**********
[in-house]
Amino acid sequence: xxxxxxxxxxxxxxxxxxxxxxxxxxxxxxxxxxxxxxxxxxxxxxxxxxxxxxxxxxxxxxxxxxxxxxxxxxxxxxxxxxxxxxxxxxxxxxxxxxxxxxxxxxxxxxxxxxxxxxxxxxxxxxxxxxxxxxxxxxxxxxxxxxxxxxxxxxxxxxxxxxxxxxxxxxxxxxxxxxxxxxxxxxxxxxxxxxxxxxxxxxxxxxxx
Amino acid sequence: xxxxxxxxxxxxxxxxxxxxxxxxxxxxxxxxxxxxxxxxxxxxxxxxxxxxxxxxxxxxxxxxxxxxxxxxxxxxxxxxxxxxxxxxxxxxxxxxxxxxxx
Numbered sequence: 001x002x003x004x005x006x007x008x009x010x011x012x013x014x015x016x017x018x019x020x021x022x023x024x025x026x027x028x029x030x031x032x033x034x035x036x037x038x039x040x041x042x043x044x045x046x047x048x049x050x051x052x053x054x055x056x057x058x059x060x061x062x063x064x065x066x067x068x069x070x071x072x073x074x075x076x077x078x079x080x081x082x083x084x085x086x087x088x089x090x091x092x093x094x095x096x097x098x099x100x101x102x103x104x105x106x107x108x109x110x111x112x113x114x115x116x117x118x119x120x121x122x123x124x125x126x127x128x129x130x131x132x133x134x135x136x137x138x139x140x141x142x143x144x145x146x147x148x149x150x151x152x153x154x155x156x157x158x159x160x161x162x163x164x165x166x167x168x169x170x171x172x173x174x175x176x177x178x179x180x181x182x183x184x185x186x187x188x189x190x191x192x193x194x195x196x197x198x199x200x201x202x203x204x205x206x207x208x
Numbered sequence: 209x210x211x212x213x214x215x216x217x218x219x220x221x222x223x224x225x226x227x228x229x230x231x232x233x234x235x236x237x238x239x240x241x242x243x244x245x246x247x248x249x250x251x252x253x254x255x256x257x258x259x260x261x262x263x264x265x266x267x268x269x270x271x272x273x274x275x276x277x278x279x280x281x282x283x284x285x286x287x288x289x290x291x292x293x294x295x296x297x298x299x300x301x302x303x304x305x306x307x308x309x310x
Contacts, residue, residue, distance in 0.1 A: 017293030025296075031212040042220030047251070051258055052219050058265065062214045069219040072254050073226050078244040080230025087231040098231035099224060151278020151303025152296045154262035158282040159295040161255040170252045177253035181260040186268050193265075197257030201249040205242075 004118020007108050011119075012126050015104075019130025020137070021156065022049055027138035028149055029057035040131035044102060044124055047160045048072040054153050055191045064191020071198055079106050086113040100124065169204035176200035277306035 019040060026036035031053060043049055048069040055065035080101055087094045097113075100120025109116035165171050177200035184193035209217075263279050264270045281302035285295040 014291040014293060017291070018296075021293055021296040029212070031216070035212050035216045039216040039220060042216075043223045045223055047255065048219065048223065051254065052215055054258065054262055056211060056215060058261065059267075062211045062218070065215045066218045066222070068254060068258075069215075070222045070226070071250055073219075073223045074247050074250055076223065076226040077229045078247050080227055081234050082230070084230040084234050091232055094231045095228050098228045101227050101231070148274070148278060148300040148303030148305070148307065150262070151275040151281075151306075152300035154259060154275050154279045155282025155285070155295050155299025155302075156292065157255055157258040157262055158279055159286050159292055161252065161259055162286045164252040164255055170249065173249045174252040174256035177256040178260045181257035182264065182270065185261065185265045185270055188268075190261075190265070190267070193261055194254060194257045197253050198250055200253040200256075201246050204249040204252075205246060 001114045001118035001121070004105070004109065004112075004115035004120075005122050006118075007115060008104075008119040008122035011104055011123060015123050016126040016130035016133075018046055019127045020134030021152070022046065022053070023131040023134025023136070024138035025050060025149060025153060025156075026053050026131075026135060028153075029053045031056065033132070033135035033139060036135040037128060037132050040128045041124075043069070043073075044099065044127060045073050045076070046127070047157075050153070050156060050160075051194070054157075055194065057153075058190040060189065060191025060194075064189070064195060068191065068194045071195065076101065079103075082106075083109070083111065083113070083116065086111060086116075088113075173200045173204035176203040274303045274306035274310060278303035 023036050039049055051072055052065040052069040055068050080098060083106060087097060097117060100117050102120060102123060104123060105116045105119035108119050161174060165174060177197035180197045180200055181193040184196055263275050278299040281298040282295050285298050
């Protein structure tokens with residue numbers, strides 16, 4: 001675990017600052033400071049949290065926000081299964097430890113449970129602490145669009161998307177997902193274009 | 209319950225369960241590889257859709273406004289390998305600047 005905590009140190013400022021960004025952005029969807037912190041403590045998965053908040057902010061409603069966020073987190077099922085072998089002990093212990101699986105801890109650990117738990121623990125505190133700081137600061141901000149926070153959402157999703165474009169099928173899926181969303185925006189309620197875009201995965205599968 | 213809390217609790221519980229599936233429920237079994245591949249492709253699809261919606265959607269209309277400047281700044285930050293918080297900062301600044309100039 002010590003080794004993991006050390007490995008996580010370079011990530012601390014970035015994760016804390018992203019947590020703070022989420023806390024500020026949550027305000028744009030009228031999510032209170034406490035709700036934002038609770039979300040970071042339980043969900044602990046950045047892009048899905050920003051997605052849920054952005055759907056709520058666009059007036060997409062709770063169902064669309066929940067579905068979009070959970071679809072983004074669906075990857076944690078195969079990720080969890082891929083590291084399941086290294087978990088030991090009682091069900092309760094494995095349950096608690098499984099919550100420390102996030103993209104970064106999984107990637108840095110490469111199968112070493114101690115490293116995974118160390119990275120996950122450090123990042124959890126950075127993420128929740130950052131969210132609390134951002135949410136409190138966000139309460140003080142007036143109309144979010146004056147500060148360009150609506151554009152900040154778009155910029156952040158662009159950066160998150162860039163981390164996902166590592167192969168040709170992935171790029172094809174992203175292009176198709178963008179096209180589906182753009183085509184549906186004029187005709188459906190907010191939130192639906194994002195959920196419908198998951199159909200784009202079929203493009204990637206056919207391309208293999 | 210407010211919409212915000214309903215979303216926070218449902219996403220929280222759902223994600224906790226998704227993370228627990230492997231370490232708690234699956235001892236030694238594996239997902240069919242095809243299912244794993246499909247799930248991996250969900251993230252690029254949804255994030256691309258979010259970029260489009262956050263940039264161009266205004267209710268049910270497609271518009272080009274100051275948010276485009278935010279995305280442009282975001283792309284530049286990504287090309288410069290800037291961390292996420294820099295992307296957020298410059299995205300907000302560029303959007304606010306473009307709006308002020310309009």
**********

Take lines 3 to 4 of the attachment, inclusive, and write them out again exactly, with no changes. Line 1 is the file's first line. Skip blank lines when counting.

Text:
Amino acid sequence: xxxxxxxxxxxxxxxxxxxxxxxxxxxxxxxxxxxxxxxxxxxxxxxxxxxxxxxxxxxxxxxxxxxxxxxxxxxxxxxxxxxxxxxxxxxxxxxxxxxxxx
Numbered sequence: 001x002x003x004x005x006x007x008x009x010x011x012x013x014x015x016x017x018x019x020x021x022x023x024x025x026x027x028x029x030x031x032x033x034x035x036x037x038x039x040x041x042x043x044x045x046x047x048x049x050x051x052x053x054x055x056x057x058x059x060x061x062x063x064x065x066x067x068x069x070x071x072x073x074x075x076x077x078x079x080x081x082x083x084x085x086x087x088x089x090x091x092x093x094x095x096x097x098x099x100x101x102x103x104x105x106x107x108x109x110x111x112x113x114x115x116x117x118x119x120x121x122x123x124x125x126x127x128x129x130x131x132x133x134x135x136x137x138x139x140x141x142x143x144x145x146x147x148x149x150x151x152x153x154x155x156x157x158x159x160x161x162x163x164x165x166x167x168x169x170x171x172x173x174x175x176x177x178x179x180x181x182x183x184x185x186x187x188x189x190x191x192x193x194x195x196x197x198x199x200x201x202x203x204x205x206x207x208x